When a prospective customer comes to our website, we tell them a bit about Yonder then give them the option to begin what we call a 'pre-application' – it helps us gather more information about someone before they apply for a Yonder card. We can then invite them to formally apply if we think they're suited for us right now and are likely to be approved. We’ve played around with various different bits of copy here, but essentially this is where a user would be adding their name and email to your waitlist. You'll need to have your Webflow website setup and have created a form on your site for users to complete.

Step 2: User's name and email get added to your Airtable database

Using Zapier’s “Webhooks by Zapier” to identify when a form completion happens in Webflow and sends the user name and email over to Airtable. We did add a little Javascript to this form, which is optional, that lets us track UTM parameters of some links so we can see marketing attribution for our leads. You can sort of do this manually by asking a “How did you hear about us” question later on in your sign-up, so I reckon keep it simple for now.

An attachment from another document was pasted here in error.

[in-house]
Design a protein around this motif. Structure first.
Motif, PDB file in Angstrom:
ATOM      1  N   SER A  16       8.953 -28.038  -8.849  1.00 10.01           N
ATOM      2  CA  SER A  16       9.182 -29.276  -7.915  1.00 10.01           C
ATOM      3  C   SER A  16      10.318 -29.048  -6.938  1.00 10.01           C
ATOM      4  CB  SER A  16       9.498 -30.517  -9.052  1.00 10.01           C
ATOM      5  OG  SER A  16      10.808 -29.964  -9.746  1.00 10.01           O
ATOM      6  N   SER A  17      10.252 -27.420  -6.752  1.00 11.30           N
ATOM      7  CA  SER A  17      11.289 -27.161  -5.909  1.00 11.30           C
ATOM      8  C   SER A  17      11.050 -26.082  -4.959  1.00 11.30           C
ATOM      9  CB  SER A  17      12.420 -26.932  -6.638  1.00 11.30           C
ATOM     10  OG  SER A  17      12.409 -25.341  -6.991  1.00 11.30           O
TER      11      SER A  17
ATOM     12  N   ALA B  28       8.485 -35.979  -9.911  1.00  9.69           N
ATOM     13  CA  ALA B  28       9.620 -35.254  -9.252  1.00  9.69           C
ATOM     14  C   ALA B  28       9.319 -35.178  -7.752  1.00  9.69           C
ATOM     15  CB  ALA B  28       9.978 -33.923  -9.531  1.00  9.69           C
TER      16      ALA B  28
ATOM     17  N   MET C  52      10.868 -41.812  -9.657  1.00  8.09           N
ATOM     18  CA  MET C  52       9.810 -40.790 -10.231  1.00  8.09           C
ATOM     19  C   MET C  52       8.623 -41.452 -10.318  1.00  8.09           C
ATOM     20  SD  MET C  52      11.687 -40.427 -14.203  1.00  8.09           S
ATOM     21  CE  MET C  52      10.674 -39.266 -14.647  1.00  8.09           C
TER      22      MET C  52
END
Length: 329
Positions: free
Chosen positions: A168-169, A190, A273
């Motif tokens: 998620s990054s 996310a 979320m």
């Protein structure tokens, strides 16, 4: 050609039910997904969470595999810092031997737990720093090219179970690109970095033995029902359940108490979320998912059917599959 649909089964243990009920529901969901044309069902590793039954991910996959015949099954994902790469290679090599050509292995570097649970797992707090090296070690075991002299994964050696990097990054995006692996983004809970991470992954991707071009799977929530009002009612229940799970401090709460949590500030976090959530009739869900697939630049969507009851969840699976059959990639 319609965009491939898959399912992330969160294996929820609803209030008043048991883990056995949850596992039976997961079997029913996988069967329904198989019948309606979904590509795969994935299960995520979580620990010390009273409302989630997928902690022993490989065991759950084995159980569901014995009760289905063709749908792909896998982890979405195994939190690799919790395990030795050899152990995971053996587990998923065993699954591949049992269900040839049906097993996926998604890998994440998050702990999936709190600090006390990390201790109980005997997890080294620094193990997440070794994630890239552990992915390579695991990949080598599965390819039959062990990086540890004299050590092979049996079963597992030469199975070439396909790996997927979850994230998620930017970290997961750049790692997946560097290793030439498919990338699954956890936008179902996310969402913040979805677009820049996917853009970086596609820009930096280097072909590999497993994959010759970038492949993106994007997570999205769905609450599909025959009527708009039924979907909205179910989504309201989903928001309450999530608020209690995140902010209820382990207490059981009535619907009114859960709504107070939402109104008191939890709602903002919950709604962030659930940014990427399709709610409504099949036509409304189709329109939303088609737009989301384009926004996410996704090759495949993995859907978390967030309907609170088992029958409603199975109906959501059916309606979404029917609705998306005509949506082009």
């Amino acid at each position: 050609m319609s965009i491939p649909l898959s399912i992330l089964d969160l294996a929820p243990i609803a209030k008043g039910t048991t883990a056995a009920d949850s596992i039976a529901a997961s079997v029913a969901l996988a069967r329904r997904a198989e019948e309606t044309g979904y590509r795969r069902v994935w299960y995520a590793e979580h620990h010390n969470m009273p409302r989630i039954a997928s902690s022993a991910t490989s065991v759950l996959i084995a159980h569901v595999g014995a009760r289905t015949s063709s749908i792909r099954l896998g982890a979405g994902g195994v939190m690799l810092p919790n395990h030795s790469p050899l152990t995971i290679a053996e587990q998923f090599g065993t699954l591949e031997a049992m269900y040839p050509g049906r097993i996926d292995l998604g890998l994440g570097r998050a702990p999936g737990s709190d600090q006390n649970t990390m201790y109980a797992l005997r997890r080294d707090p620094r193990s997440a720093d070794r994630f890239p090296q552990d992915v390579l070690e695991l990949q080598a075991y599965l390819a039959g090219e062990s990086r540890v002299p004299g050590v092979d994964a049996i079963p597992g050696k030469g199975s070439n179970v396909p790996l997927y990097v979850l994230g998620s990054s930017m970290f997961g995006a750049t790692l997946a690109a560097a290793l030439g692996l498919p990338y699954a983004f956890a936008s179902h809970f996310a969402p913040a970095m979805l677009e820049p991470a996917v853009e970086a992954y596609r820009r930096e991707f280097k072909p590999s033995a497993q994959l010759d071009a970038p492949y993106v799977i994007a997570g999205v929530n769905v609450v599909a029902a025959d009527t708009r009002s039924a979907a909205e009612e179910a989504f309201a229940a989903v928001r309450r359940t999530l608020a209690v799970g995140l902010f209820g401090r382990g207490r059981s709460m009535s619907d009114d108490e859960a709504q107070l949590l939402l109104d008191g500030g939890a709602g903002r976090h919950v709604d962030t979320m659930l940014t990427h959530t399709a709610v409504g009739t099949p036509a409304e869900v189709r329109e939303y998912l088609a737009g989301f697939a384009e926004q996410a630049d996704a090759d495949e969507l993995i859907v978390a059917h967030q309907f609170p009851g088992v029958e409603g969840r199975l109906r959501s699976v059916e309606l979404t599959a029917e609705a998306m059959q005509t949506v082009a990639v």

We also use a bit of JavaScript code which generates a unique code for every entry so we can tie responses to a unique code and not their email. This is again optional and up to you, but is possibly more secure than matching to an email or a name.

Step 3: User is redirected to a sign-up survey to gather more information

In Webflow you can set a redirect URL after a form completion, so we’d send them to a TypeForm survey where we’d ask them a series of qualifying questions to get to know them better and showcase our brand tone-of-voice a bit. We have an 87% completion rate of our survey which includes 10+ questions so I think the extra effort to make it enjoyable was well worth it. We asked questions about their rough level of income, where they live and how long they’ve been in the UK.